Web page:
Businesses seek to maintain efficiency in employee compensation, statutory and related benefits, and overhead costs; part of that finance management may include hiring temporary, part-time workers, seasonal, non-compensated interns, or independent contractors.
Work has become a fluctuating commodity. The result: guidelines were not as clearly defined as they needed to be in the current economic climate.
How you are classified in the workplace has become extremely important to you and to employers in the hiring process.
This month, the Government of Bermuda and the Minister of Labour and Economy announced the issuance of The Independent Contractor Guidance Pursuant to the Employment Act 2000, the purpose of which is to provide guidance relative to the ever-present conundrum of defining who is an employee, entitled to protections afforded under the Act, and who is not.
The guidance introduction states: “How people work, where people work, and the way in which people work continues to evolve making it evident that in some cases the line between employees and other types of workers, including independent contractors, has become blurred.
“As business owners and employers seek creative ways to reduce the costs of doing business in Bermuda, employees are also exploring alternative ways of work which provide more flexibility and customisation.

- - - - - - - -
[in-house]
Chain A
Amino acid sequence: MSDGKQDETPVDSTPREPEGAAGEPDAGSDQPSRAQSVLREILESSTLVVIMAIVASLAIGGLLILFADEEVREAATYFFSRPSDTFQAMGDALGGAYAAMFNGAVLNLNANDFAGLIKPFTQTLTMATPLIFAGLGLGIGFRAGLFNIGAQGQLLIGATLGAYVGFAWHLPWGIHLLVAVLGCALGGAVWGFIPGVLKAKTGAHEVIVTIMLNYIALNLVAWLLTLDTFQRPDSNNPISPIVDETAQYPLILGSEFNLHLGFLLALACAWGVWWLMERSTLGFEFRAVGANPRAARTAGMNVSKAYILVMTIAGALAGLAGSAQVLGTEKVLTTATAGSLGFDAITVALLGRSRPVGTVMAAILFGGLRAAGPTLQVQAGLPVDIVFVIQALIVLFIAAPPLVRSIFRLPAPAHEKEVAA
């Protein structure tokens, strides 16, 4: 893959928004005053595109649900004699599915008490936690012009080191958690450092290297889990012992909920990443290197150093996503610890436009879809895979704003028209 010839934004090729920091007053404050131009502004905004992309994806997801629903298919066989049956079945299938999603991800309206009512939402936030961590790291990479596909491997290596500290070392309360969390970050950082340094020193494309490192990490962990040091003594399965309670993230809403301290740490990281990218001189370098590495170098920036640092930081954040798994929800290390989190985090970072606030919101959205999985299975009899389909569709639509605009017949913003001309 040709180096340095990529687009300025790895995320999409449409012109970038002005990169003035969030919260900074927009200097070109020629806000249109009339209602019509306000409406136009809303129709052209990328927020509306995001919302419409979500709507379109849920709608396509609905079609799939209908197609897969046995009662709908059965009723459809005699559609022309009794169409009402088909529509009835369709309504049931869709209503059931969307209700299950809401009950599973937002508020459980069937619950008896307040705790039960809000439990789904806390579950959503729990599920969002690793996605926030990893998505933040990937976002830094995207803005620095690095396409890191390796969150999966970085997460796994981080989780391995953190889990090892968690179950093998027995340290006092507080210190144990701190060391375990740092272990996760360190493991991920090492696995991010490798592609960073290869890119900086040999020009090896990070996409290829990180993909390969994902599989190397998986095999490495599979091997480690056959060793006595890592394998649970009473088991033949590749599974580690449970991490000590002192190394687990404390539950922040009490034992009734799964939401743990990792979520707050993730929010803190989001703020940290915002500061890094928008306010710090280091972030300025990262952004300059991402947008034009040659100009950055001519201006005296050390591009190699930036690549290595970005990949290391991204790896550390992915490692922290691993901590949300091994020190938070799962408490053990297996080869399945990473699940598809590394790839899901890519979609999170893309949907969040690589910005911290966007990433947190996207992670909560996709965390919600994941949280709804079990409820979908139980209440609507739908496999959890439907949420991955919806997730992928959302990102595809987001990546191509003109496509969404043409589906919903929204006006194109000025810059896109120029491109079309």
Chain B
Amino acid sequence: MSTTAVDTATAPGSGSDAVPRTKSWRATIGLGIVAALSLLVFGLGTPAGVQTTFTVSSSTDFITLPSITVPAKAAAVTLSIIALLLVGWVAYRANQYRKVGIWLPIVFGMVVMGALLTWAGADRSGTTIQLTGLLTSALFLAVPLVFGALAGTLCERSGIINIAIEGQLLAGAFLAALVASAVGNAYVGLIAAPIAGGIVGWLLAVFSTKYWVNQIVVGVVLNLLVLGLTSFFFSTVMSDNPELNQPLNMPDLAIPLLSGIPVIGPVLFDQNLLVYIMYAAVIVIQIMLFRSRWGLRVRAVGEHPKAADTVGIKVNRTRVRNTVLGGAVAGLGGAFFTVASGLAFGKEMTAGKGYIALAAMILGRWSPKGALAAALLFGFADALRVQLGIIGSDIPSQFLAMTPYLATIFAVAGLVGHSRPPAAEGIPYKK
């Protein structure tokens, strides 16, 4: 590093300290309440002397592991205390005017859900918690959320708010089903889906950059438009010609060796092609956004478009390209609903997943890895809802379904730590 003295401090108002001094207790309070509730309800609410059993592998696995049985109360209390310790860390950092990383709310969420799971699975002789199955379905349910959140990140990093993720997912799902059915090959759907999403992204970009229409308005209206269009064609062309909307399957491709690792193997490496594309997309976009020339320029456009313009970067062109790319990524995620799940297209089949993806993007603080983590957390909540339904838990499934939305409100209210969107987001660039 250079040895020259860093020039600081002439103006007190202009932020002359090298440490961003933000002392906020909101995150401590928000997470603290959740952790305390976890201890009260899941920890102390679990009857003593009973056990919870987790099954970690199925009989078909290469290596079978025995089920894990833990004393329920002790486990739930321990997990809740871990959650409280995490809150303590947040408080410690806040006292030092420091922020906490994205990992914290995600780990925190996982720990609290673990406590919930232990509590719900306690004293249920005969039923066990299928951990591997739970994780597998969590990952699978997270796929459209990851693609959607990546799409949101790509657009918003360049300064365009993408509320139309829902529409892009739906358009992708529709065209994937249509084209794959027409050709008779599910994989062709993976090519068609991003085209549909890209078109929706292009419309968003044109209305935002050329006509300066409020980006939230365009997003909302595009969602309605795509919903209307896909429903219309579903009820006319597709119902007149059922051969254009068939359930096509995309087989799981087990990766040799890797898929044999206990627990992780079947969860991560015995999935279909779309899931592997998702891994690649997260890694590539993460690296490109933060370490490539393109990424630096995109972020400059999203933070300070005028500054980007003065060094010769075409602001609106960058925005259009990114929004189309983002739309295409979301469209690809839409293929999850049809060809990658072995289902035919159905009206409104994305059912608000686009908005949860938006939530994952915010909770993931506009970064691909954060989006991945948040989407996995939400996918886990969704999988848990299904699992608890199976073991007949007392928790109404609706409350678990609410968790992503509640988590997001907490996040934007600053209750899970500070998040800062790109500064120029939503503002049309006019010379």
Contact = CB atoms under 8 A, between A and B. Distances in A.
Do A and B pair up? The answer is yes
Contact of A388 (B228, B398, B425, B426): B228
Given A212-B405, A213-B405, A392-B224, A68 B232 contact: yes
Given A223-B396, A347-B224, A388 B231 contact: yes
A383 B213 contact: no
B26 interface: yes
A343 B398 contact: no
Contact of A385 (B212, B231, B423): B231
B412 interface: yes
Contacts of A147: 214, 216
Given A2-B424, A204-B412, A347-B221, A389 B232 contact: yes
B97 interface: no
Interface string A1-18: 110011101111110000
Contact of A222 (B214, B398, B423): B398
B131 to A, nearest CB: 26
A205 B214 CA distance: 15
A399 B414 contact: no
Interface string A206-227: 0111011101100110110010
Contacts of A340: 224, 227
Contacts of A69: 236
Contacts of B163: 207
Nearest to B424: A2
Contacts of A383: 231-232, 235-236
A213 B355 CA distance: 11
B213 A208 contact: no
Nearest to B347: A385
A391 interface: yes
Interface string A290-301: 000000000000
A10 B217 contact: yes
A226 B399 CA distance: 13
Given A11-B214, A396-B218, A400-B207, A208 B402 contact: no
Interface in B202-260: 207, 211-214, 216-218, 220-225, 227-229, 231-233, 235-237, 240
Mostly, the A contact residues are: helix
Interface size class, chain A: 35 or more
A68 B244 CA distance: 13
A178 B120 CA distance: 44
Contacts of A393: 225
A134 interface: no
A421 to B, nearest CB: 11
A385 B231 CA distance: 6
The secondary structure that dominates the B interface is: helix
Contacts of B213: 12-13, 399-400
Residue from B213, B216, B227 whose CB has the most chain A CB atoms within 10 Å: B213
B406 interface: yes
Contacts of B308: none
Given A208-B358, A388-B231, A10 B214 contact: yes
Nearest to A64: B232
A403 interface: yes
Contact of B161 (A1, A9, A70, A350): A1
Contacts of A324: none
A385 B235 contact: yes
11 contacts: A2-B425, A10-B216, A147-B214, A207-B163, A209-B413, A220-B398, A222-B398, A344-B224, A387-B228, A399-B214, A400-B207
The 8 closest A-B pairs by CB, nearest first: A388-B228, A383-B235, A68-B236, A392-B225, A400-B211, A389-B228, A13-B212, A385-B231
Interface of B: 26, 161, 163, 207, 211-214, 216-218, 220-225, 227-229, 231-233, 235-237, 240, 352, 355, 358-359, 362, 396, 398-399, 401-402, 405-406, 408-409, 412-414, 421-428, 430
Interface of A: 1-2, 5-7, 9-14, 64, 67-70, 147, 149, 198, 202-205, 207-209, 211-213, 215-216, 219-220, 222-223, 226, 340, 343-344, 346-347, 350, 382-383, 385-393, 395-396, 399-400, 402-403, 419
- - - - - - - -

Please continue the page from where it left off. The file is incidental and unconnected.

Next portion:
“Where both trends intersect, the working relationship becomes less clear, and in some cases employee benefits are being compromised.
“This guidance is intended to be a resource with the goal of assisting employers in their assessment of whether they are hiring an independent contractor or an employee.
“Likewise, workers can refer to this guidance to assist with determining whether their working relationship more closely resembles that of an employee than an independent contractor. See enclosed chart.
“By providing clarity on the working relationship, this guidance also aims to:
“1, reduce the misclassification of workers,
“2, decrease unclear employment situations and
“3, lower the occurrence of disputes and Employment and Labour Relations Tribunal cases.”
The creation of this guidance was a collaborative effort by the Ministry of Economy and Labour and the members of the Labour Advisory Council (LAC). This guidance will take effect on April 1, 2023.
The document stresses that employers, and independent contractors should consult this guidance to assure correct worker classification is in compliance with the relevant legislation.
Readers, I’ve written about these issues in numerous columns over the last 22 years. See the complete section on employers, employees and independent contractors contained in Step 9 - the Dawn of New Beginnings; Bermuda’s First Financial Literacy Primer - hosted on The Royal Gazette website.
Listen also to the accompanying podcasts:
Step 9a: Employee Benefits
Step 9b: Independent contractor benefits and drawbacks
More on these very important topics going forward!
• Martha Harris Myron has been a finance journalist to The Royal Gazette, for 22 years. Contact me and/or subscribe to the Bermy Bermuda Island Finance Blog at firstname.lastname@example.org